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Looking back upon that summer, through the haze of chauffeurs and carriages and ostrich-plumed hats along the drive of my neighbor the Meister's house, many of the goings-on and those that did the going seemed indistinguishable at first, like eminent clots within a monied and fabulous amoeba. But finding my notes, jotted in the overly conscientious script of a post-midnight inebriate, I recalled again the many memorable parties within that, the grandest party of them all.

There was J.B. Stitchum who made his fortune in flypaper and was the first man ever seen wearing yellow-tinted sun shades, and Sinclair Straits who smashed his yacht "The Spanking New" into a lock along the Champlain canal when he heard Harding got the nomination. 

There was Dulcimer Flutonius, a scion of the Byzantine line touring the Continent billed as "Mistress of the Harmonium," and the philosopher-novelist Gretchen Fortune, whose mellifluous voice and silver sandals kept the illuminati a-buzz all summer. 

There was Little Mickey the horse jockey, crop in hand, turning the glasshouse into a rose-choked orgy, and Toothpick Jake, a farmer cum guitarist whose rag "The Broken Tractor Walk" became the anthem of August. 

There was Rutherford Sampson the pig-iron magnate advocating use of the hula-hoop at all fraternal orders, and Leonine Scrimpens, universally accepted as a calamitous lunatic despite her turning the Daily Picayune into the leading organ of the masses. 

There were the white Oliphaunts and the black Oliphaunts, endlessly feuding until the Duchess Bleuvin, fresh from a sunken ocean liner, instilled such a fear in both sets that they ceased their wayward bickering and headed en masse to the hills. 

There was the gossip columnist Miss Airedale, with her companion Miss Longstroke, daring to mention Jimmy the Slant's ear horn in the Wednesday Supplement, causing both to be banished from the head table. 

There was Tory Chanteuse the ladies' table tennis champion, Magruder Pickett, self-styled "Last of the Copperheads," and Billy Steadfast, the Okie oil millionaire, miraculously building a horseshoe pit at the bottom of the pool. 

There was Talisman Jackson the occultist séance queen who dyed her champagne orange, and Jeremiah Sansjoye, gunslinging son of the Cincinnati produce dealer Jehovah Sansjoye, blasting the glass off Miss. Jackson's perfectly round head. 

There was Lilith Griffin, a beauty of such striking physique and grey eyes, wearing beaded, see-through dresses fashioned entirely of opals, that she received thirty confirmed marriage proposals by Independence Day.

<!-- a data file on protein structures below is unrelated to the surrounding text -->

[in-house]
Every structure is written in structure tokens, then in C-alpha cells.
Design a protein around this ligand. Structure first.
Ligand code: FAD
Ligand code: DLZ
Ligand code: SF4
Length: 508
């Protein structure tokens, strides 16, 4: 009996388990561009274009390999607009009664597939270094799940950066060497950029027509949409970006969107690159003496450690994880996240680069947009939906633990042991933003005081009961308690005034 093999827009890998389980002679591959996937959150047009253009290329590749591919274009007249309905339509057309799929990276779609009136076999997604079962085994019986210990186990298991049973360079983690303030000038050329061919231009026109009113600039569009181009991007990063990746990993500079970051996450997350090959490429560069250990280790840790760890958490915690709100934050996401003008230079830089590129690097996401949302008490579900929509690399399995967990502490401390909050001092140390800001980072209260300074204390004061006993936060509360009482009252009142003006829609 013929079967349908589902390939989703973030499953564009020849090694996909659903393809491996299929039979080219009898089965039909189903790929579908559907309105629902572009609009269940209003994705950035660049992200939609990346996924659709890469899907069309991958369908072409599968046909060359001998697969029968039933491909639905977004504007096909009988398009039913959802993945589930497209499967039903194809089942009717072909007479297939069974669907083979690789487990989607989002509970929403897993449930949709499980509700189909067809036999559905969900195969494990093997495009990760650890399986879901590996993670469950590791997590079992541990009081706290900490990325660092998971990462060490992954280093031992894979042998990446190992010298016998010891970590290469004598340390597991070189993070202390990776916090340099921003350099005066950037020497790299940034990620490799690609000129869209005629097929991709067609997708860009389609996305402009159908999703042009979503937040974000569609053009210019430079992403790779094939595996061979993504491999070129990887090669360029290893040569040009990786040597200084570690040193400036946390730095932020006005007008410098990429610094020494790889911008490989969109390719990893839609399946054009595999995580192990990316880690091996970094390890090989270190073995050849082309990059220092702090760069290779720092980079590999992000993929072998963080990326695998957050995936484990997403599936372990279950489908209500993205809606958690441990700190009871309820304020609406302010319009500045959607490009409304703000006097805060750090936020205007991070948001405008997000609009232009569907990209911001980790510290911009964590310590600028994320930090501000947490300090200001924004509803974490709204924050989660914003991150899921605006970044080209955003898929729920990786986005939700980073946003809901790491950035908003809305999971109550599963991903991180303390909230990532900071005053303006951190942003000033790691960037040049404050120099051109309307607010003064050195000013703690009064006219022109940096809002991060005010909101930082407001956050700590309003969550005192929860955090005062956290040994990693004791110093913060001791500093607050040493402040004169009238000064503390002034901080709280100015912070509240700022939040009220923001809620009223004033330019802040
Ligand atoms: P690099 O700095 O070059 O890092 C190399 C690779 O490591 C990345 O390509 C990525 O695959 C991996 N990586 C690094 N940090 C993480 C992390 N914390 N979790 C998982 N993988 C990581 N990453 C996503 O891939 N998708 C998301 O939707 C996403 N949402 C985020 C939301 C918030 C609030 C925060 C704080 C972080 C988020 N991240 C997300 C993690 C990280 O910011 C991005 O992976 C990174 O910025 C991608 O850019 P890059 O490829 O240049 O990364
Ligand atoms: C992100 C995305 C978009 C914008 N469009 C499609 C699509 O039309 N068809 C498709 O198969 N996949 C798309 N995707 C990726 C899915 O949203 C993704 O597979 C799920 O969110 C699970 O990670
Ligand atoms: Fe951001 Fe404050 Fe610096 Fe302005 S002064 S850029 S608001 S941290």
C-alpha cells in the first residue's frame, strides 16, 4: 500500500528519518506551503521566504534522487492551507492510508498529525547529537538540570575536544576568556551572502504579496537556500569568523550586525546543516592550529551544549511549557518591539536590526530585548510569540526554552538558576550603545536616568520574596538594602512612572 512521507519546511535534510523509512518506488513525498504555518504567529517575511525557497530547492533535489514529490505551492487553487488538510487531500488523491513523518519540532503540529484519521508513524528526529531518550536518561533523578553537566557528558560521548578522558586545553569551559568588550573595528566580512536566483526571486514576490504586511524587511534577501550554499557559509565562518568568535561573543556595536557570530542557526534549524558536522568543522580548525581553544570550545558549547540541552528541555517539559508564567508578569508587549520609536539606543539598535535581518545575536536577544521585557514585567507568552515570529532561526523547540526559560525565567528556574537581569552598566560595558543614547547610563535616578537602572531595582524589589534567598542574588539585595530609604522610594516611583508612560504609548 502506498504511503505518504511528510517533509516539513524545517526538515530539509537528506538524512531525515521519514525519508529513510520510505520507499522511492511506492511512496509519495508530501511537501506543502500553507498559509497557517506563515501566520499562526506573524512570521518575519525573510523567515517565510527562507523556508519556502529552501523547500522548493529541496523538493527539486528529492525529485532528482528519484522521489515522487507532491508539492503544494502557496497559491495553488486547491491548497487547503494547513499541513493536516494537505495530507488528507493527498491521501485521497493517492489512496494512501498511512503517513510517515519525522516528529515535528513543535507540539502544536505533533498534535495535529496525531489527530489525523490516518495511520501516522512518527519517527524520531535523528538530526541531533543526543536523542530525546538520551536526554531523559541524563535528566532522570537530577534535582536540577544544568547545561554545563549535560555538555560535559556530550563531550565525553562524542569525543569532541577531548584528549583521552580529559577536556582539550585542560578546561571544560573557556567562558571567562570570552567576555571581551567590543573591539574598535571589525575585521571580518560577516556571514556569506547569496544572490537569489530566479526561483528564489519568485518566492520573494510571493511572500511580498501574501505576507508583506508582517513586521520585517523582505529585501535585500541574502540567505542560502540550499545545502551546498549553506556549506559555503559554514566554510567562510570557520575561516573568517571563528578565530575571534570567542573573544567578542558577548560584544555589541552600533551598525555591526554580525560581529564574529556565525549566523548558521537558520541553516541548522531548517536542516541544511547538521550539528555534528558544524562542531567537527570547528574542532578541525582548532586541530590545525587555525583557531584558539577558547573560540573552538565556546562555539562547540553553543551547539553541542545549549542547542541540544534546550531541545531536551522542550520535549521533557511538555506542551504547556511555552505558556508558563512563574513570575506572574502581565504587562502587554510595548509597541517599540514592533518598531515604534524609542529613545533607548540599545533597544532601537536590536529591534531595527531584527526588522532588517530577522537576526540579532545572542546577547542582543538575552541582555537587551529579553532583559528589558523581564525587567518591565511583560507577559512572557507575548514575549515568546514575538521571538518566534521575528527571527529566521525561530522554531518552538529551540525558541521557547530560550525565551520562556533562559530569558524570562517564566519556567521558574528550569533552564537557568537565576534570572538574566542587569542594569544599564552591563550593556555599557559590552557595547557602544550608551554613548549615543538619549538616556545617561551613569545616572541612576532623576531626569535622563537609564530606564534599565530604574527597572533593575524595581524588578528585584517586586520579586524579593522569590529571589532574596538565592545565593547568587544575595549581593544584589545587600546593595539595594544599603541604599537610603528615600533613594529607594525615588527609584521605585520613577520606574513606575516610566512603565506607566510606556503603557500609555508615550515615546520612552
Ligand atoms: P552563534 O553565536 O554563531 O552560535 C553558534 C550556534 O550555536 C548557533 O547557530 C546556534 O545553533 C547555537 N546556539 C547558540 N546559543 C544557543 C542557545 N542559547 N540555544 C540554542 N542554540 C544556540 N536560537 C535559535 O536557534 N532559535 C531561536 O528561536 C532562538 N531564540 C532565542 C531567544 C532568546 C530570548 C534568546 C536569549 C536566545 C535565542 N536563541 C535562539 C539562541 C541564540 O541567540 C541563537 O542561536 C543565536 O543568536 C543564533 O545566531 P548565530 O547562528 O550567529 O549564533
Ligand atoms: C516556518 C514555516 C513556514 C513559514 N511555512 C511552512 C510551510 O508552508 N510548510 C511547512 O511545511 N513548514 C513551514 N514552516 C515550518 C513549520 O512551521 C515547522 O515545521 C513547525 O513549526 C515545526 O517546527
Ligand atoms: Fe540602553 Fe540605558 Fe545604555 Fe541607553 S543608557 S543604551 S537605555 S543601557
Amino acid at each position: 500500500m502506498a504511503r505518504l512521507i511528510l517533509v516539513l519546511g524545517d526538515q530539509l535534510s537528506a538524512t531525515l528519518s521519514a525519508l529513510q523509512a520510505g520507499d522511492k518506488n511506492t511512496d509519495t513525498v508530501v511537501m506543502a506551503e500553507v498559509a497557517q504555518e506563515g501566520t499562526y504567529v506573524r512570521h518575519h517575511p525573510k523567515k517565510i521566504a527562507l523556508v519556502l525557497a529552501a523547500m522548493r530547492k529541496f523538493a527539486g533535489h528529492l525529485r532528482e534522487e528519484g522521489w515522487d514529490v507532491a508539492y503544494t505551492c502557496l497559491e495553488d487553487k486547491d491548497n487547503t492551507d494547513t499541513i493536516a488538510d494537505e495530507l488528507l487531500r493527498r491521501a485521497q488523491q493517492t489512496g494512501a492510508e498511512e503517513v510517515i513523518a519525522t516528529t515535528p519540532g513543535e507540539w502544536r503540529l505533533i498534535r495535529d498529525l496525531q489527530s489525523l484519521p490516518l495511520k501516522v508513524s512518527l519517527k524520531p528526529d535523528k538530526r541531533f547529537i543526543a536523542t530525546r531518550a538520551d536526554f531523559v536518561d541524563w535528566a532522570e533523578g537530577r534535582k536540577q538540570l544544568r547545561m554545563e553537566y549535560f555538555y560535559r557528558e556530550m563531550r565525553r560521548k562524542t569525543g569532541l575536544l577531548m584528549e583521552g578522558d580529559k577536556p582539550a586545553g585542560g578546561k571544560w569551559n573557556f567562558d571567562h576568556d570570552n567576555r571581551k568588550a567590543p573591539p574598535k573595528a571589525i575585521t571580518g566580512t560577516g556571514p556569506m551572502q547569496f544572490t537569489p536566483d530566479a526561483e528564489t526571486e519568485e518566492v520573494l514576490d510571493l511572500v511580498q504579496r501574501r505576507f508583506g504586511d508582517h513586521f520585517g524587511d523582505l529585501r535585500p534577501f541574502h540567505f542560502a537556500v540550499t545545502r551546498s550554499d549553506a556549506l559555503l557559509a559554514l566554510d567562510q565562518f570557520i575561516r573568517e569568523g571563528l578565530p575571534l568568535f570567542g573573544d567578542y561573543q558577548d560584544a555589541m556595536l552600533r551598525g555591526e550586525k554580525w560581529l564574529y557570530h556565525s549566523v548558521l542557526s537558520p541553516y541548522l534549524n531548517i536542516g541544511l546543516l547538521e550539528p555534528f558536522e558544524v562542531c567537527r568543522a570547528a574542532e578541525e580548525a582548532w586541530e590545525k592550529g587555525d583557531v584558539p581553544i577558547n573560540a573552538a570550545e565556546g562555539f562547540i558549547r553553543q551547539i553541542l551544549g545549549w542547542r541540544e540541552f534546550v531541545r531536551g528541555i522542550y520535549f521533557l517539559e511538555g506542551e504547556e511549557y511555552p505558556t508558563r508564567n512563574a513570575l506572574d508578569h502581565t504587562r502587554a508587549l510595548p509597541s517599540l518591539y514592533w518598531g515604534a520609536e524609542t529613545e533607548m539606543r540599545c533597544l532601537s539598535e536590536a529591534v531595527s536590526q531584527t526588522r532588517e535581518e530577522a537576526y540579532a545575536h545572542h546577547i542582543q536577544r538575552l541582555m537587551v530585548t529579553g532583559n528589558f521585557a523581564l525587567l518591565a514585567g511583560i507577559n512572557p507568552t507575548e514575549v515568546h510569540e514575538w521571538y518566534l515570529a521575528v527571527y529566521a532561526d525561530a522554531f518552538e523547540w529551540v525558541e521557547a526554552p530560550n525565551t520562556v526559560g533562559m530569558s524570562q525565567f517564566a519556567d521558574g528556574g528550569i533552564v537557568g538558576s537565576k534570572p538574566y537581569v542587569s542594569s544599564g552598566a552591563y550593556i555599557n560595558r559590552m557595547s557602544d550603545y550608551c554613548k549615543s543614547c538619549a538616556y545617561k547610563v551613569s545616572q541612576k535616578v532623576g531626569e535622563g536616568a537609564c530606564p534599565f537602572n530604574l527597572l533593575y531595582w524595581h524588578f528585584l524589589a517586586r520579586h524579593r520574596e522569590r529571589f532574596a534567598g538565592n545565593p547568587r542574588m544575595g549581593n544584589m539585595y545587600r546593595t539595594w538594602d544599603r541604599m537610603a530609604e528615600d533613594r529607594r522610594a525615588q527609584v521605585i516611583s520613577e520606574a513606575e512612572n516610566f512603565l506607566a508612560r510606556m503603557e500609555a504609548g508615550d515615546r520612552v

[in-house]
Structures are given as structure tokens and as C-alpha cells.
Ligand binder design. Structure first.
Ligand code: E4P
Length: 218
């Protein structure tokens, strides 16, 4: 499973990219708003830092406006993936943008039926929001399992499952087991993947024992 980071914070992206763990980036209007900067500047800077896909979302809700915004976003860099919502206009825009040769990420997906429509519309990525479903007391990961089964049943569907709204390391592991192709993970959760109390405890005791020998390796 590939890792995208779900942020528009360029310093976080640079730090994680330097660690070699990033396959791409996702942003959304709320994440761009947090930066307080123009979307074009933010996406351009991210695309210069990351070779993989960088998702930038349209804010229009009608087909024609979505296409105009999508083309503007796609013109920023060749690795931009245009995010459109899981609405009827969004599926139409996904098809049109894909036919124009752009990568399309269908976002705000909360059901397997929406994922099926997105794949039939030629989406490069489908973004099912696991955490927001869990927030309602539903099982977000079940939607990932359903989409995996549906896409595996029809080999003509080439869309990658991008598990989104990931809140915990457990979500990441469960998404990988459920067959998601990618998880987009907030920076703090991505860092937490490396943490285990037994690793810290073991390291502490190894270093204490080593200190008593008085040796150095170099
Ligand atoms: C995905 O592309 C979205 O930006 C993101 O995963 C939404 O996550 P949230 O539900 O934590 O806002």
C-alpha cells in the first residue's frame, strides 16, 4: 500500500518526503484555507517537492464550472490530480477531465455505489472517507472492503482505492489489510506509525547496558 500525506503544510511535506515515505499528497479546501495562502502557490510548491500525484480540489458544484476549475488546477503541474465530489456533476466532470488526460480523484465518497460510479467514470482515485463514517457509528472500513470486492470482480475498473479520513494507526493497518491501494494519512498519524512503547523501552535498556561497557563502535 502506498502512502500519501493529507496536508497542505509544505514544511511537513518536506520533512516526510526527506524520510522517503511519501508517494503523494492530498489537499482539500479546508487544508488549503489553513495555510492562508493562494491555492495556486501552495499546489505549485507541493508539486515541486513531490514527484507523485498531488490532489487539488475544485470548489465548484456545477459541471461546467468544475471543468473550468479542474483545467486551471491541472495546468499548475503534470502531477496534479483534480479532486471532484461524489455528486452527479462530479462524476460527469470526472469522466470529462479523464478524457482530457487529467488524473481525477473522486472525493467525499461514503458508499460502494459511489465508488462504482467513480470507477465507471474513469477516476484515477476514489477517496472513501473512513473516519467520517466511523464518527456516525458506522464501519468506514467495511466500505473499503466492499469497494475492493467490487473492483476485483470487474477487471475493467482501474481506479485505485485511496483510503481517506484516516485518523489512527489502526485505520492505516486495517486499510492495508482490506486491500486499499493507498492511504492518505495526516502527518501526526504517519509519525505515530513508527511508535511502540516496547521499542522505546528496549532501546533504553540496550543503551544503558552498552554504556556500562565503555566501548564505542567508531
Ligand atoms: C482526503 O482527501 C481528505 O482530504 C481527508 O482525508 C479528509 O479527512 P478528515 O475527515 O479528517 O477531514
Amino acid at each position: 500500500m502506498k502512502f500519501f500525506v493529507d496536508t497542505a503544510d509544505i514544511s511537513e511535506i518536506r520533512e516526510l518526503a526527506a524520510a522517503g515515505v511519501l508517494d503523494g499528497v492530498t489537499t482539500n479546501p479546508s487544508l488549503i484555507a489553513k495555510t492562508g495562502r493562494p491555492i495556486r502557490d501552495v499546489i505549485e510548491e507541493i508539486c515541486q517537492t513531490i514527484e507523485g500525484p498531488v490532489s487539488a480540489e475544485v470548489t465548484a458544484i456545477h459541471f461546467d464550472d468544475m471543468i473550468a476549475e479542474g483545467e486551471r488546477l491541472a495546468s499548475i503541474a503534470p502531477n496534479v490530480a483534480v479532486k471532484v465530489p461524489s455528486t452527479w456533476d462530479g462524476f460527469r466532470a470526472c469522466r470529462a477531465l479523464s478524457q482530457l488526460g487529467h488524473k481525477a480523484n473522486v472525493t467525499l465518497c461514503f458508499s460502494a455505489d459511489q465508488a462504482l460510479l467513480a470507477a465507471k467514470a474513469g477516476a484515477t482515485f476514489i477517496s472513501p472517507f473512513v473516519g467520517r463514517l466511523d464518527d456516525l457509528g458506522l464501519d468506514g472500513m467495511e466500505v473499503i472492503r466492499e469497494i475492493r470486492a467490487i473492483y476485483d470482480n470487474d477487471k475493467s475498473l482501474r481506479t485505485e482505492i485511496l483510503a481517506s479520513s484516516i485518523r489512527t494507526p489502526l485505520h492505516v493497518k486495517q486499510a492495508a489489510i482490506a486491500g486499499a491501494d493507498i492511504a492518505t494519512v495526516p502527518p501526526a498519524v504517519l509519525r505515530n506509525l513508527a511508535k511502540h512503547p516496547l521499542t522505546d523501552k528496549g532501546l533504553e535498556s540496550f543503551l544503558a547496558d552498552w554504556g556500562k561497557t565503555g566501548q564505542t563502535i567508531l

There was Lipscombe Burdock, a violent maestro able to play all of Chopin's nocturnes on solo bassoon, and the Highland Tinsels, Glendon and Serena, who gave fly-casting lessons from the expanse of the Meister's family mausoleum. 

There was Sanderson F. Sand, the eminent Roman historian, carrying an hourglass at all times in order to blunt his own prolonged monologues, and Theodosia Baal, arriving not once but twice bare-breasted in a litter sedan carried by her similarly unclad maid staff.

There was Z. Krakow the expatriate Polish poet who wept openly whenever the subject of ponds came up, and the recently-knighted explorer L. Scott Absconde, claiming he'd ascertained the secret of the Trojan ruins while passed out in his mother-in-law's Channel Island water closet. 

There was the psychiatrist Gustav Mandrake, a serpentine pervert and the only person ever asked to leave the grounds, and Robert "The Great" Rouncival, escape artist extraordinaire infuriating many during his performance on the tower balcony with a scotch cask and wristwatch. 

There was Chenowith Redeemer the temperance organizer growing so riled by the courtside antics that she bared her bottom to the howling, tennis-whited throng, and Muley Haas, strongman of the Five Points, bending quarters with his toes alone. 

There was Lucky Corcoran, barred from every poker table that side of the Ohio except the Meister's, and Beulah Finch, the hair pomade heiress who took to a canopied guest bed with the irrevocable decision to lie there and die. 

Finally, all the time, there was myself, in flannels and a borrowed belt, waiting until summer's end to propose to Lilith Griffin, her answer making me realize why there are stars in the night.

All these people were seen on the Meister's lawn in summer.

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